By: Davis Houck
When Emmett Till’s body was pulled from the muddy Tallahatchie River on Wednesday, August 31, it proved terribly important that he was supposedly found on the Tallahatchie County side of the river, and not the Leflore County side. As such, Sheriff Henry Clarence (H.C.) Strider would be in charge of the murder investigation.
Strider, who owned a large plantation near Webb, initially claimed that the body was in fact Emmett Till’s, and that it had likely been in the river just two days. He signed a death certificate claiming as much and even issued an arrest warrant for Carolyn Bryant. Strider’s initial outlook changed radically, however, once the National Association for the Advancement of Colored People (NAACP) and Mamie Till publicly expressed their anger with the state of Mississippi. Roy Wilkins’ words, in particular, proved to be a fulcrum in public opinion about the case. “It would appear from this lynching that the State of Mississippi has decided to maintain white supremacy by murdering children,” wrote the Executive Director. “The killers of the boy,” he continued, “felt free to lynch him because there is in the entire state no restraining influence of decency, not in the state capital, among the daily newspapers, the clergy, nor any segment of the so-called better citizens.” Almost as soon as the NAACP’s Executive Secretary’s incendiary words were published in Mississippi newspapers, public opinion changed—including Sheriff Strider’s. Specifically, the Tallahatchie County Sheriff now openly doubted whether the body that was pulled from the river was Till’s. Even more damning, at the murder trial in September, the supposedly prosecuting sheriff actually testified for the defense, and its claim that the body was planted in the river by the NAACP.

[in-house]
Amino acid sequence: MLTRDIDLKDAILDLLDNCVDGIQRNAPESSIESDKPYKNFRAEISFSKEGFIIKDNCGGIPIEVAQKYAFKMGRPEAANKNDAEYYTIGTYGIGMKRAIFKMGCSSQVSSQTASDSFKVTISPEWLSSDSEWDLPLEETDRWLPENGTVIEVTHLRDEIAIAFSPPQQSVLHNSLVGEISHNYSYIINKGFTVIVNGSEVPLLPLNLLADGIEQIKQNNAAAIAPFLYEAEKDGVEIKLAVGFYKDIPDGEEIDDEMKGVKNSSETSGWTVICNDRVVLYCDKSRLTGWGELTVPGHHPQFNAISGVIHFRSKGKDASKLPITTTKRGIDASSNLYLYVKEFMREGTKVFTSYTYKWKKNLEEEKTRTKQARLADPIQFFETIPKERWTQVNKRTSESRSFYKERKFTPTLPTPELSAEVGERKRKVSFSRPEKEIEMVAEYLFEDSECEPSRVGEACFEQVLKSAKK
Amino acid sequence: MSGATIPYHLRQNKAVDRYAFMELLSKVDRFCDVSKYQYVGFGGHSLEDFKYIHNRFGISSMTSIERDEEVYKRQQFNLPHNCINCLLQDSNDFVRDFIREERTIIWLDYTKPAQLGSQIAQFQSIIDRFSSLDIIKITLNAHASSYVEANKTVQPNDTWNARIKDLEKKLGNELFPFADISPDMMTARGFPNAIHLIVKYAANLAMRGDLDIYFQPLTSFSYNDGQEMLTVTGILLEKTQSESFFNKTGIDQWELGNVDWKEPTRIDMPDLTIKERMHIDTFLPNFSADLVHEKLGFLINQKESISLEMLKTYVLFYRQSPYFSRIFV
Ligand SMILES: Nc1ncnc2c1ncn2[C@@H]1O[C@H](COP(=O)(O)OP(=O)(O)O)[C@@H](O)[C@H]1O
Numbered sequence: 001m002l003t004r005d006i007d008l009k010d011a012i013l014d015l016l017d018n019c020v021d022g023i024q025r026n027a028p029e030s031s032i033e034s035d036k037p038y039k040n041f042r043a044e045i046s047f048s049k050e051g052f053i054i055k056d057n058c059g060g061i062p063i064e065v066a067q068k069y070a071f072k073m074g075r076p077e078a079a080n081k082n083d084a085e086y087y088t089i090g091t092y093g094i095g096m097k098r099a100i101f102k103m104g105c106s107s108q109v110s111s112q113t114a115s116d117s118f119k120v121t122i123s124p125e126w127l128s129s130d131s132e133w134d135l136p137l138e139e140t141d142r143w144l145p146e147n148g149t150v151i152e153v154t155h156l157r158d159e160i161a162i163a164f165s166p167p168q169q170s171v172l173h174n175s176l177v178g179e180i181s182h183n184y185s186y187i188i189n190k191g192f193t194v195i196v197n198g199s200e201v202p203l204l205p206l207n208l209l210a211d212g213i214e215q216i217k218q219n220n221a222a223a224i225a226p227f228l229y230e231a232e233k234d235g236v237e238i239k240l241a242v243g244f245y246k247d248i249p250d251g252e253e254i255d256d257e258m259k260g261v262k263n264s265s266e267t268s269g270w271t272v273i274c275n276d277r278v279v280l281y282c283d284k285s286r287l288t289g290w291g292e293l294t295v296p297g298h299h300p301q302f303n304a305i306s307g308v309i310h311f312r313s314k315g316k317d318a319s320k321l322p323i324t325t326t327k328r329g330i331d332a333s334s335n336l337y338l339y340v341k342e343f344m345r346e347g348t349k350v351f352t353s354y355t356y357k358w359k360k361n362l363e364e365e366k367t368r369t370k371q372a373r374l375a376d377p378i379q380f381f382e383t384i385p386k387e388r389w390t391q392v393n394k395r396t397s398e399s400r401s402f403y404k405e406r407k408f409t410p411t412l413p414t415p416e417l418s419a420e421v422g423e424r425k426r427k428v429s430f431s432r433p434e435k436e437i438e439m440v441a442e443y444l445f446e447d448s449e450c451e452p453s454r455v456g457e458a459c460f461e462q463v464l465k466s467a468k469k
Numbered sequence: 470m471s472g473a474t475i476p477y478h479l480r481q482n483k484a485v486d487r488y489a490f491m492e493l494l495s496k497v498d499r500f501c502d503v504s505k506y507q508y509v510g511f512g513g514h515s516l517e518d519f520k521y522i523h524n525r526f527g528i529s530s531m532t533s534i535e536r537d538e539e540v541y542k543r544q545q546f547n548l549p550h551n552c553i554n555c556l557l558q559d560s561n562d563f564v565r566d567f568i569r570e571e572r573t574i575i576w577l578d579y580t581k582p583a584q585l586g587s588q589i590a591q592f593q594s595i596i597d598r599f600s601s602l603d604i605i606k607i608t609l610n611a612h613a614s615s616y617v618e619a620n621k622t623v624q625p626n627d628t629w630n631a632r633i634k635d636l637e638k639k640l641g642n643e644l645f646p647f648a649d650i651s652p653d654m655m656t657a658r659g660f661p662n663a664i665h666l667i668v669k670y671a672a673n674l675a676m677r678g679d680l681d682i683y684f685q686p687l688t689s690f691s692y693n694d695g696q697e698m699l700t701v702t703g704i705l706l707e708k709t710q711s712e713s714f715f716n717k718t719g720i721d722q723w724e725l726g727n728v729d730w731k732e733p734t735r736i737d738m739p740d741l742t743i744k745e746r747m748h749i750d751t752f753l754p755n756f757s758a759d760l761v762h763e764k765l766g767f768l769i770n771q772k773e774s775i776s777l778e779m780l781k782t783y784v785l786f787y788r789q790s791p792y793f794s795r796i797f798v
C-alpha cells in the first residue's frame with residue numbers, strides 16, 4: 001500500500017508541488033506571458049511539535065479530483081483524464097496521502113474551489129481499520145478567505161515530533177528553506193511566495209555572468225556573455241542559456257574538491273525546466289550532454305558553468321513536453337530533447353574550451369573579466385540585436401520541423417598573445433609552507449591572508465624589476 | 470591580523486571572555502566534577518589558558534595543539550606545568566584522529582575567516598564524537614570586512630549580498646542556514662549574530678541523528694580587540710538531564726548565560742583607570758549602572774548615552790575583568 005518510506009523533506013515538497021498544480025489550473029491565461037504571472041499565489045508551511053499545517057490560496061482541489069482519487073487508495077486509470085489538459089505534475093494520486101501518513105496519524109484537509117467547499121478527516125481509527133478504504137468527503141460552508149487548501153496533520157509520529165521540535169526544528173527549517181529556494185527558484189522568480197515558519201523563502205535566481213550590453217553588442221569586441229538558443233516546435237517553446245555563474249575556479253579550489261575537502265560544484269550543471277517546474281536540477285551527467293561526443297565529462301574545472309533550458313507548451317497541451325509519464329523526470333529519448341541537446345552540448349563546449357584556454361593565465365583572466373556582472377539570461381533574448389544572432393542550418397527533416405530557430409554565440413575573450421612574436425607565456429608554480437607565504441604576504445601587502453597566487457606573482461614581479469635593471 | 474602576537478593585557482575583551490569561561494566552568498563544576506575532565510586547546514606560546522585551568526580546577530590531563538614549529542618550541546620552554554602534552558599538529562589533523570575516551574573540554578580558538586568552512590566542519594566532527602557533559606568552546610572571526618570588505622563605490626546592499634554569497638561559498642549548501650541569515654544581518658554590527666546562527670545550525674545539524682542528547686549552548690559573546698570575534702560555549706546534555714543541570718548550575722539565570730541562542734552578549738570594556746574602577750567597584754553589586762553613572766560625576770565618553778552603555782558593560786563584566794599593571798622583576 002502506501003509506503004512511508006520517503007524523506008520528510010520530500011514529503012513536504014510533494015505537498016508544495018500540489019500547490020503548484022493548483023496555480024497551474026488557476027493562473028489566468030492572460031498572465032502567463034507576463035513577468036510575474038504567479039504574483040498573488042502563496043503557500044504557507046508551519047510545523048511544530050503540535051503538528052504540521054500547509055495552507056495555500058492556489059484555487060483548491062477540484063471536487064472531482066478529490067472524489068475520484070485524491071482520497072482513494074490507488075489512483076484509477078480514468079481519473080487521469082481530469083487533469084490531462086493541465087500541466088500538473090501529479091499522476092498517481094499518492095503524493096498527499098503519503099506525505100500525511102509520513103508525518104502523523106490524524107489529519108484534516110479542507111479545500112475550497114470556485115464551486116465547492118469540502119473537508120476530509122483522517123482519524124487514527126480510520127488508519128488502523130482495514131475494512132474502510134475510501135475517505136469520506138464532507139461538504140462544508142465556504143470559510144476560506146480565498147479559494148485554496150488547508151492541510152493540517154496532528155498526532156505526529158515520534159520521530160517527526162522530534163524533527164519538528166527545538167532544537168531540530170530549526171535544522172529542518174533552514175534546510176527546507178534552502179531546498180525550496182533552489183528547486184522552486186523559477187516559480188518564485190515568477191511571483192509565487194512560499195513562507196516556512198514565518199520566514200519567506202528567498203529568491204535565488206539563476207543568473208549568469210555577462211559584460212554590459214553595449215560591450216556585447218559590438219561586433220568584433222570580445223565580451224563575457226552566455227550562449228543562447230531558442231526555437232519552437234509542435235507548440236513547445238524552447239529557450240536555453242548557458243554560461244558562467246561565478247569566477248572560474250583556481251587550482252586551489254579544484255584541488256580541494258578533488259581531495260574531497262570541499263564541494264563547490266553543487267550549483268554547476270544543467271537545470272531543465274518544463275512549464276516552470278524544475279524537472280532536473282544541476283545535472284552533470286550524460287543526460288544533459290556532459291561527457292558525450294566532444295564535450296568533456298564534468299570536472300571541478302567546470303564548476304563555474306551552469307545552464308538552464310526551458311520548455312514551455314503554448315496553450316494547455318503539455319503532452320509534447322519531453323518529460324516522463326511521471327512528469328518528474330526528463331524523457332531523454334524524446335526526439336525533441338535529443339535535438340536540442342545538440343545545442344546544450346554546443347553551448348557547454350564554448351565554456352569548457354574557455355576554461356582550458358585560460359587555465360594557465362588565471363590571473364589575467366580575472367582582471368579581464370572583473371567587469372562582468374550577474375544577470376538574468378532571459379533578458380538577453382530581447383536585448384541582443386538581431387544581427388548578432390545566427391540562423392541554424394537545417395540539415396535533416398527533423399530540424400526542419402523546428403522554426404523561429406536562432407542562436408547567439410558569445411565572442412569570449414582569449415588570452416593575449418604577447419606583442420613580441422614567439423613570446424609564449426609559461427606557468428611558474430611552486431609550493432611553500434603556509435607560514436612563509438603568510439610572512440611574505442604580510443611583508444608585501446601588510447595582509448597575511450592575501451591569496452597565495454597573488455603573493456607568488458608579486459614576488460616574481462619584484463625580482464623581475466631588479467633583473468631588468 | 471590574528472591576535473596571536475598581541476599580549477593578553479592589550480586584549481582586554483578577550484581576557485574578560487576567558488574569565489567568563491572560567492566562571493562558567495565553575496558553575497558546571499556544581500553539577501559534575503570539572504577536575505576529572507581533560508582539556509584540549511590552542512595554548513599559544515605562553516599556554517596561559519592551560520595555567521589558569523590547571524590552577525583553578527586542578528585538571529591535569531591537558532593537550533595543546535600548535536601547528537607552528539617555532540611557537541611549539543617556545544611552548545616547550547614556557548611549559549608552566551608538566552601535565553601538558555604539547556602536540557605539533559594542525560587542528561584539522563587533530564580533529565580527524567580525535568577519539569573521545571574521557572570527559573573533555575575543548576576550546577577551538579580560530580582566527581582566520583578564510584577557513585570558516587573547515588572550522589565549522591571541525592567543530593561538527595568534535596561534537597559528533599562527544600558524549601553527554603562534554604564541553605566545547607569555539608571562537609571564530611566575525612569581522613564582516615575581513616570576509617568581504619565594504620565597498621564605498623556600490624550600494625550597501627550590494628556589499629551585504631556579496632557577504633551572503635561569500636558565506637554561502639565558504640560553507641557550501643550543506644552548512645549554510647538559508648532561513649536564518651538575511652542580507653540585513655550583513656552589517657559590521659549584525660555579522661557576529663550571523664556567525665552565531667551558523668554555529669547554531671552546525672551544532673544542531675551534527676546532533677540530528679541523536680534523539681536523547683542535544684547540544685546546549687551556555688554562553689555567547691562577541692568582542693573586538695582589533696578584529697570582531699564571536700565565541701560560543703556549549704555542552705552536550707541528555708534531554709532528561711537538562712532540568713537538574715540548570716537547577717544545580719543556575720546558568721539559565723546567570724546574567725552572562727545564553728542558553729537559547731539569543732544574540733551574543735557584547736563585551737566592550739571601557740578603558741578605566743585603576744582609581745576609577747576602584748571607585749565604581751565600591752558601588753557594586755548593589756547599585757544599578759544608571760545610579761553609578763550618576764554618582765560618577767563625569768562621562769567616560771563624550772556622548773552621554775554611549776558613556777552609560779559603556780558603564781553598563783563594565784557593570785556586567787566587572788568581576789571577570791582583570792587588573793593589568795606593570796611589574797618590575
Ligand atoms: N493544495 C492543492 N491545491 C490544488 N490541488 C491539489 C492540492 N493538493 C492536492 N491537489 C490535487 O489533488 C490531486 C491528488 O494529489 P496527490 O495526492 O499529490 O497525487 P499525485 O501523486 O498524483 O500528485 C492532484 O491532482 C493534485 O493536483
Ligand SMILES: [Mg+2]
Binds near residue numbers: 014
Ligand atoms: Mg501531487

Also during the trial, Strider only permitted black journalists to assemble around a small card table, and he infamously greeted the group each morning with, “Good morning, niggers.” Strider’s popularity with white Deltans was such that he later became a state senator representing Grenada and Tallahatchie Counties. Following his death in 1970, a stretch of Highway 32 connecting Webb with Charleston was re-named the Henry Clarence Strider Memorial Highway. The Strider Highway intersects with the Emmett Till Memorial Highway in Mamie Till Mobley’s hometown of Webb.